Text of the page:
Hebei Lansheng Biotech Co., Ltd.

Agtech startup Innatrix looks to spread the word about its newly patented crop protectionqrcode

Apr. 8, 2021

Favorites Print
Forward
Apr. 8, 2021

By Chantal Allam

Innatrix is already training next-generation scientists how to protect crops using its newly patented platform.

The Research Triangle Park-based ag tech startup recently got the intellectual property protection for its protein evolution platform. It’s designed to screen highly specific protein ligands to safely and effectively address crop diseases such as citrus greening, potato late blight, and soybean cyst nematode.

Now Innatrix is teaming up with the Massachusetts-based nonprofit Station1 to host a 10-week internship, giving undergrad majors in STEM (science, technology engineering and math) a chance to see EvoStat in action.

“[It’s] not only important to show the interns, but also to show to the biotech industry that this new technology could contribute significantly to solving some big challenges,” Innatrix’s CEO Jiarui Li, Ph.D., said in an interview with the North Carolina Biotechnology Center.

He said the challenges he believes the company can help overcome include insect and pathogen resistance on ag tech products, and speeding up protein purification processes for top-selling drugs.

“With more partnerships like this, companies like Innatrix will hopefully see tremendous growth in the near future.”

THE RESEARCH PROJECT

As part of the Station1 collaboration, Li will work with interns on a research project that involves crop protection against the invasive weed species palmer amaranth.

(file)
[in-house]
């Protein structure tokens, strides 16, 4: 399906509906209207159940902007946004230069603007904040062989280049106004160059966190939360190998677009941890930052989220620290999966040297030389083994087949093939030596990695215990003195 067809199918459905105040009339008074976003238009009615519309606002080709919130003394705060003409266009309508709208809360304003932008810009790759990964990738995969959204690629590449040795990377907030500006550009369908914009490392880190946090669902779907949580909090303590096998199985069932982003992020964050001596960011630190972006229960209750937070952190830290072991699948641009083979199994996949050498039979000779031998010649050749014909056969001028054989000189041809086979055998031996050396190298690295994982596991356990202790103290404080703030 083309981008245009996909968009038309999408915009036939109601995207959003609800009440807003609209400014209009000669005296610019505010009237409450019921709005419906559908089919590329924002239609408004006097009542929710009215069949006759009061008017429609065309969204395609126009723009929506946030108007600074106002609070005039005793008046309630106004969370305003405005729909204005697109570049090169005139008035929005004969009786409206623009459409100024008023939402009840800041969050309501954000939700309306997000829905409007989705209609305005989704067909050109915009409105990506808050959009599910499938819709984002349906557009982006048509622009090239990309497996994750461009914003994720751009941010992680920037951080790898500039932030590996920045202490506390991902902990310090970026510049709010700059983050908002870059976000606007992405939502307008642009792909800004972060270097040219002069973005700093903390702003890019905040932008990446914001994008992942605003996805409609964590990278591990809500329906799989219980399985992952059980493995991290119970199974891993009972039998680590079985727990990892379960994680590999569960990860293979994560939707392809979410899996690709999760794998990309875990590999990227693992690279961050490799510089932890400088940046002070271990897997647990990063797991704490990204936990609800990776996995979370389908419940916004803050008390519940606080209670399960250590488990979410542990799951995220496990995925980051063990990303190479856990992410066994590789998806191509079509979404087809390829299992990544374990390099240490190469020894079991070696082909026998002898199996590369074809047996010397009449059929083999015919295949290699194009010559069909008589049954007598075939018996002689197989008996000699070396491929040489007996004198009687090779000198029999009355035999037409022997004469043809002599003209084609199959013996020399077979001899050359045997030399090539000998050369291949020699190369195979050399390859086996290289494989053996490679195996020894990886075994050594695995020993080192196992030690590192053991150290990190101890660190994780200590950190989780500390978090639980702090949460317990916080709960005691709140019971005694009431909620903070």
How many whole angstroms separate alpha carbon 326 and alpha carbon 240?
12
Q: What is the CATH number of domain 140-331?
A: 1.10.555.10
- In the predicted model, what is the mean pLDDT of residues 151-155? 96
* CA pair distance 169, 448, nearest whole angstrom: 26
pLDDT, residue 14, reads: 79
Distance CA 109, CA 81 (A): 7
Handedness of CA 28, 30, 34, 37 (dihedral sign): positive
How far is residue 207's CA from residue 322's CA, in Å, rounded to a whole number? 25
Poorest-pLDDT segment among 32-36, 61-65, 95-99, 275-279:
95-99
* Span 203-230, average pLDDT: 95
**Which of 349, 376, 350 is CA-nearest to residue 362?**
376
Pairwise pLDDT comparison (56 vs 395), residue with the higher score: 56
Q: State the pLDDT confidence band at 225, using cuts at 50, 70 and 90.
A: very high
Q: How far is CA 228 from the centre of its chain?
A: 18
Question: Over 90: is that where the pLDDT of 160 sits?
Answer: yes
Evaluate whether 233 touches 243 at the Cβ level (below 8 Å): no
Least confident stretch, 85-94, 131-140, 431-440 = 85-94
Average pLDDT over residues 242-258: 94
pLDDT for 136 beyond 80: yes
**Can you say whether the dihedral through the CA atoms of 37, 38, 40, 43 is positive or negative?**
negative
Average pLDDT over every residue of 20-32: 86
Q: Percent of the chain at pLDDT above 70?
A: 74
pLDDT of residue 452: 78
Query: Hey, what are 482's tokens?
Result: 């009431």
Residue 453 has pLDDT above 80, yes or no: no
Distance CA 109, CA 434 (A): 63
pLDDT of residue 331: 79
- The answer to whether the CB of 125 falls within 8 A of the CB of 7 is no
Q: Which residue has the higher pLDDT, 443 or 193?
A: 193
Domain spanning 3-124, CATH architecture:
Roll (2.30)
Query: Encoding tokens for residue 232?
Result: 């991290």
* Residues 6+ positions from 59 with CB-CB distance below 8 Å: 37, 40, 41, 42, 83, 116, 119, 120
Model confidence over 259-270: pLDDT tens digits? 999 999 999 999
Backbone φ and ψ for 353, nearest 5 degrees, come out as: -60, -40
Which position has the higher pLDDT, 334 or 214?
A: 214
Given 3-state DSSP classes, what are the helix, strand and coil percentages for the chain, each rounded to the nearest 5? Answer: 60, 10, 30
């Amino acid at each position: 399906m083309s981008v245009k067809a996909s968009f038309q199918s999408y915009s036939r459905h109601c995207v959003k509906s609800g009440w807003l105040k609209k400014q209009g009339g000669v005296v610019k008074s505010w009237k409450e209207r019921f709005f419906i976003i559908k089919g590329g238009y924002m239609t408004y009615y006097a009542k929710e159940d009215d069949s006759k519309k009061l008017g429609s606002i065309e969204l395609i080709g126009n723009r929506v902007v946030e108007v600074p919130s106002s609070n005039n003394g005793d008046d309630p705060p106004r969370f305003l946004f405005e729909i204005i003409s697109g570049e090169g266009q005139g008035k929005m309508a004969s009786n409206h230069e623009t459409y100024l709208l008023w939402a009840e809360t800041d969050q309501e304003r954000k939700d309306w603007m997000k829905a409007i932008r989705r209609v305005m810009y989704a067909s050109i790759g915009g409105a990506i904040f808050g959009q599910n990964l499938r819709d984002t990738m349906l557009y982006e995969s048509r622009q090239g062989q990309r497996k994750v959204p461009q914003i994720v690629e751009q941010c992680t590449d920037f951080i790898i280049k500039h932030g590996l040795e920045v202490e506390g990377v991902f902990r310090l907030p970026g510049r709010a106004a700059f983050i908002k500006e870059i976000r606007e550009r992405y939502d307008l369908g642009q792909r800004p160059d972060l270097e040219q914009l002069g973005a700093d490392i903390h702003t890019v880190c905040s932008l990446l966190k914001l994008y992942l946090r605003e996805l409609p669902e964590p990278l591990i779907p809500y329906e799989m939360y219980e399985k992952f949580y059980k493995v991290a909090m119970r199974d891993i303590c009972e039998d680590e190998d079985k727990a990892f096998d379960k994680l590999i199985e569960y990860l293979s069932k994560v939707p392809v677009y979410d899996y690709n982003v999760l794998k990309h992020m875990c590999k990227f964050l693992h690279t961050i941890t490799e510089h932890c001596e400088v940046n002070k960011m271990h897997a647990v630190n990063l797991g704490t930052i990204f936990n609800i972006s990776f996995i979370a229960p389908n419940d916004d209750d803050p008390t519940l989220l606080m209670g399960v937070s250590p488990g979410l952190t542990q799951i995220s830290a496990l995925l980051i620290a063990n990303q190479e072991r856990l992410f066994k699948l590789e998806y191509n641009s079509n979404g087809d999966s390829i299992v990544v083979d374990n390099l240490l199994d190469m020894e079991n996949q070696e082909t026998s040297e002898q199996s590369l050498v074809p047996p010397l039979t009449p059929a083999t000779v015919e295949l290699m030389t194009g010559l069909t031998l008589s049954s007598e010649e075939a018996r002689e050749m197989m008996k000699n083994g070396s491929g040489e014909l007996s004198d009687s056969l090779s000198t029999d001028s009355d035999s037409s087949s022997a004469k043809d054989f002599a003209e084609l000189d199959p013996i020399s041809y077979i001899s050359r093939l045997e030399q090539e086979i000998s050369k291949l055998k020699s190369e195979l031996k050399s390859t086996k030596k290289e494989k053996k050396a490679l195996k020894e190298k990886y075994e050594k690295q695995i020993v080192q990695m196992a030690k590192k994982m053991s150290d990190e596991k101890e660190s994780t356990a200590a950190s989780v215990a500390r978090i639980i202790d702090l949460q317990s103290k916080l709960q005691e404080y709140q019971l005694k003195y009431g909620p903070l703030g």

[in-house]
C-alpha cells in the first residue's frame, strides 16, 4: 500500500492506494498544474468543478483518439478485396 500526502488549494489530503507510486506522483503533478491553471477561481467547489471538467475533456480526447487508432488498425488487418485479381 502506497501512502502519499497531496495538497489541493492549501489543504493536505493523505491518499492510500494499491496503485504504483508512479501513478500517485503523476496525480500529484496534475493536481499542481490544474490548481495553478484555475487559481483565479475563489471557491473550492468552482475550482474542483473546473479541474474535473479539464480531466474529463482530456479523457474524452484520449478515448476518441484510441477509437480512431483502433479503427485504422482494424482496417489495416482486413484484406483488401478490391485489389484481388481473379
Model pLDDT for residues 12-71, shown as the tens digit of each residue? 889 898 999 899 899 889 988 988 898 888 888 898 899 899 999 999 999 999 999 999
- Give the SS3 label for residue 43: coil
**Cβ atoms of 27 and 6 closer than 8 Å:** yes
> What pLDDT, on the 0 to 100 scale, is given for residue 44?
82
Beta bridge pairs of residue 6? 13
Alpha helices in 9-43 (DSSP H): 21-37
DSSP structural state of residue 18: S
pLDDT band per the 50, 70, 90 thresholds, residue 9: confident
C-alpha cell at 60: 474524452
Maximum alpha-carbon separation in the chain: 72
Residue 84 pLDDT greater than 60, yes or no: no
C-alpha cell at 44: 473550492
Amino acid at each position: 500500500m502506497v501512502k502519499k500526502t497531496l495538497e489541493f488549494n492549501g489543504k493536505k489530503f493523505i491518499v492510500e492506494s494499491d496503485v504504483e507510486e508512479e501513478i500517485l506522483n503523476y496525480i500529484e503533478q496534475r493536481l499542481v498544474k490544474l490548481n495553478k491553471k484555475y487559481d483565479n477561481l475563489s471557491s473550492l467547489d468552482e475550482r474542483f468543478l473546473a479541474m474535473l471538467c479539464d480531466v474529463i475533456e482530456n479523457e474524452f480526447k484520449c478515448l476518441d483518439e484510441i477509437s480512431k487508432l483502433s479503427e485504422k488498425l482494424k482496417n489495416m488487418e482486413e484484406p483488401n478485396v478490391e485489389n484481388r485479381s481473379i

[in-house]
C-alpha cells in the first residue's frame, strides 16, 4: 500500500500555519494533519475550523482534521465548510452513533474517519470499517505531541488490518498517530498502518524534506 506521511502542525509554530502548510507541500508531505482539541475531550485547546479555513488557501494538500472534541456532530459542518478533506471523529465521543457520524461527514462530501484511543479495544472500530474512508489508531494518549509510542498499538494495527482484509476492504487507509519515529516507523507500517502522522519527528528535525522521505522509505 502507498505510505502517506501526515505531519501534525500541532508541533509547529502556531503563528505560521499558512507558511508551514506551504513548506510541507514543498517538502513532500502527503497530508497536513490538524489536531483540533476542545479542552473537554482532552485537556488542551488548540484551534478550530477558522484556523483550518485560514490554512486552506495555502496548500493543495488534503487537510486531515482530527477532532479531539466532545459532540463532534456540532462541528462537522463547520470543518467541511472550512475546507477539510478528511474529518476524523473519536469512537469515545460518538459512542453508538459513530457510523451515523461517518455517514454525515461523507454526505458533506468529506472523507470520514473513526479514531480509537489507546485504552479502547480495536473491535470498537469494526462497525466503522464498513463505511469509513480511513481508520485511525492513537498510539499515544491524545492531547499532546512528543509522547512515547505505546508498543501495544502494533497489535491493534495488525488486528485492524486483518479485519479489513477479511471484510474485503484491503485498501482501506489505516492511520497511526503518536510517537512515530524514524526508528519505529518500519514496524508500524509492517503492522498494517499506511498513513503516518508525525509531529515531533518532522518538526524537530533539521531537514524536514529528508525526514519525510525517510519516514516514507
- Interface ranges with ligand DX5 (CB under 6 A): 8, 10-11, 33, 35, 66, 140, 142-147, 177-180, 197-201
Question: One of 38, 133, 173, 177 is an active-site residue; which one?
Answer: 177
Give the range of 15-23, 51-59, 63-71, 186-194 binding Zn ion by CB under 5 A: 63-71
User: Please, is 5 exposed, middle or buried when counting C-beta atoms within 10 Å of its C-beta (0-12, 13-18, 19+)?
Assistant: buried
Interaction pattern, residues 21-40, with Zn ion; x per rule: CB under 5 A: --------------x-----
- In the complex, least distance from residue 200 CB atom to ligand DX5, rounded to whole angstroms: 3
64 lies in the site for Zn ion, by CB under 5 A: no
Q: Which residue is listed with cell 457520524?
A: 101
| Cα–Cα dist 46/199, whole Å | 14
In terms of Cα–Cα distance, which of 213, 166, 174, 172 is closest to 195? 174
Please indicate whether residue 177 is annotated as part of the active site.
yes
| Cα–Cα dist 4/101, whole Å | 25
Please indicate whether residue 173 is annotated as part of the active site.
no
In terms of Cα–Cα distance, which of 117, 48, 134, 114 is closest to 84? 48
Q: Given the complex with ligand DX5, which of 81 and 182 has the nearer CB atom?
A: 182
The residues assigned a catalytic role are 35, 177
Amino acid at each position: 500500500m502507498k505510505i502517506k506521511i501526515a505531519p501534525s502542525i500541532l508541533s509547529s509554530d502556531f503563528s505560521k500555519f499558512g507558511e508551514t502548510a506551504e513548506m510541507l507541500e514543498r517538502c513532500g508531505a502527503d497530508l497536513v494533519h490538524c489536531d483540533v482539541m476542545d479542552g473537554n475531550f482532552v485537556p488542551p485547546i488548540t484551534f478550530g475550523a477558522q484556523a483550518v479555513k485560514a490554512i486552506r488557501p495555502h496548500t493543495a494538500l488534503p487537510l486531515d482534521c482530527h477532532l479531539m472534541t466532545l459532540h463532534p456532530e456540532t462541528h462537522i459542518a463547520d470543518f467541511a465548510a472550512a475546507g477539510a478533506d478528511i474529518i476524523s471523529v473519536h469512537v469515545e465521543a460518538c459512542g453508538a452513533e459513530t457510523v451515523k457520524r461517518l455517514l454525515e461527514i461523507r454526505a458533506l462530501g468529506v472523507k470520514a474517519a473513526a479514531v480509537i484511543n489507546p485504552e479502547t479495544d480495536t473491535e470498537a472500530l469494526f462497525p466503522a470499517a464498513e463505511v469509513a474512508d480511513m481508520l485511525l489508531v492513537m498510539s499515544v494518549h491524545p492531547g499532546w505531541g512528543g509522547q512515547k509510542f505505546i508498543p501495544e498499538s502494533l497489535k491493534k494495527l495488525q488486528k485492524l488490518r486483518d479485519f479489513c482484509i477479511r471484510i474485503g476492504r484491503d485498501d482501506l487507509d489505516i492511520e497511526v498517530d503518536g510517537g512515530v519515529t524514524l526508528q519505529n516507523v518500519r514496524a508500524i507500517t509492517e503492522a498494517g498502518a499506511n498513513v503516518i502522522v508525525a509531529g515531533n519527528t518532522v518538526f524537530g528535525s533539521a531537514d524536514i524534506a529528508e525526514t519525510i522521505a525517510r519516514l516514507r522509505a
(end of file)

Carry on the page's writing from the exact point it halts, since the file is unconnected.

Palmer amaranth is a highly aggressive pigweed that can cause up to 91% losses in corn production, and up to 71% losses in soybean production.

Though farmers have been using herbicides and other synthetic chemicals to control this invasive weed, the species has developed resistance to these compounds.

But Innatrix scientists say they have a solution.

First, they find protein sequences within human gut and soil microbes with novel modes of action to target the weed’s herbicide resistance traits. Then they use the platform to further “optimize the sequences” and evolve new protein ligands fast and efficiently to combat this aggressive weed.

“Even when weeds, pathogens and pests eventually develop a resistance to Innatrix’s protein ligands, novel evolved proteins can be rapidly created to combat them to provide long-term control,” Li explains.

THE BEGINNING

Innatrix was founded in 2012 by then-CEO Marshall Edgell, Ph.D., a long-time member of the microbiology faculty at the University of North Carolina at Chapel Hill. He’s also a former member of the NCBiotech board of directors.

Some insiders say the company’s platform may prove to be the next generation of phage display, a lab technique used for the high-throughput screening of protein interactions.

The startup has raised around $320,000 external funding to date, and Li says it has plans to commercialize its technology in the near future.

“We are currently focusing on using the platform to develop biological products to control economically important and devastating crop pathogens, late blight, citrus greening and soybean cyst nematode,” he says.


Picture 0/1200

More from AgroNews

Magazine

2021 Formulation & Adjuvant Technology 2021 Certified Organic Agri-inputs Guide
Chinese issue of Annual Review 2020 Annual Review 2020
2020 India Pesticide Suppliers Guide 2020 Market Insight
I wanna post a press Comment

Subscribe 

Subscribe Email: *
Name:
Mobile Number:  

Comment  

Picture 0/1200

Subscribe to daily email alerts of AgroNews.